A year after Zaha Hadid won the Pritzker Architecture Prize in 2004, she told The Wall Street Journal that her work as an architect had changed entirely. Winning the Pritzker, she said, opened the door to clients who might otherwise have judged her designs to be too alien, too exaggerated, and, perhaps, too feminine.
Hadid, who died of a heart attack at 65 on Thursday, shattered many glass ceilings in the field of design. She was the first woman and Muslim to win the Pritzker, and the first woman and Muslim to earn the Royal Institute of British Architects’ Stirling Prize. She was anointed by Queen Elizabeth II and Glamour alike. For better and for worse, Hadid was the world’s first woman starchitect.
Hadid pushed theory to the forefront of global practice. The Iraqi-born British architect was a respected voice in design well before Zaha Hadid Architects completed its first major commission. More than any other architect’s work, her curvilinear designs and laser-sleek geometry marked the transition from the 20th to the 21st century. Hadid’s later and most significant works—some of which are still underway—pushed the field toward notoriety.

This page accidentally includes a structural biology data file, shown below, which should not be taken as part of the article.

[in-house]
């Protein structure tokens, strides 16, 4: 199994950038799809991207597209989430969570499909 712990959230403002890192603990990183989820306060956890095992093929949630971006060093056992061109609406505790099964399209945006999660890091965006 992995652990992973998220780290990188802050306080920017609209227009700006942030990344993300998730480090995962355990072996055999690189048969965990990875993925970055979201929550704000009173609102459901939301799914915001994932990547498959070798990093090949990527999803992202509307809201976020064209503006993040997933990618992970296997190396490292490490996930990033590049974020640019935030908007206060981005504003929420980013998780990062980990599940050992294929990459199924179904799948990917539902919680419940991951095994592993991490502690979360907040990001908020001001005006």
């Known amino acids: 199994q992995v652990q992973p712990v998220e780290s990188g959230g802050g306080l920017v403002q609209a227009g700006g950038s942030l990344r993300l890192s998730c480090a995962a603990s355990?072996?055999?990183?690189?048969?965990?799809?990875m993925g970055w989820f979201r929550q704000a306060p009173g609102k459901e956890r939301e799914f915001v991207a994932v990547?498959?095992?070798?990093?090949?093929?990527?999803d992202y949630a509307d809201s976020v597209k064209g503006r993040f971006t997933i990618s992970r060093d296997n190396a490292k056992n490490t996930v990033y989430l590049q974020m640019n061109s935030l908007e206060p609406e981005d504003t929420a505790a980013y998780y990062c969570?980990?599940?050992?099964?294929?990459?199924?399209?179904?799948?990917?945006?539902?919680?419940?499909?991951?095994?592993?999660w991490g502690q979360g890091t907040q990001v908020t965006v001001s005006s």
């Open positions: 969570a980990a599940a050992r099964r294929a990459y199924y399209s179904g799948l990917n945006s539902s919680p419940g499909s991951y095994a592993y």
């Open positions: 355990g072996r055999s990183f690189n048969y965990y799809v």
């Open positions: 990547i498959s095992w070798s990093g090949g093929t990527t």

She met the world with an agnosticism that made her a lightning rod. One of Hadid’s signature accomplishments, the Heydar Aliyev Center in Baku, Azerbaijan, raised sharp questions about the propriety of visionary architects accepting commissions from regimes known for human-rights abuses. Hadid’s swelling curve of a concert hall, which was named the Design of the Year for 2014 by London’s Design Museum, was preceded by forced evictions and expropriations, according to a report from Human Rights Watch.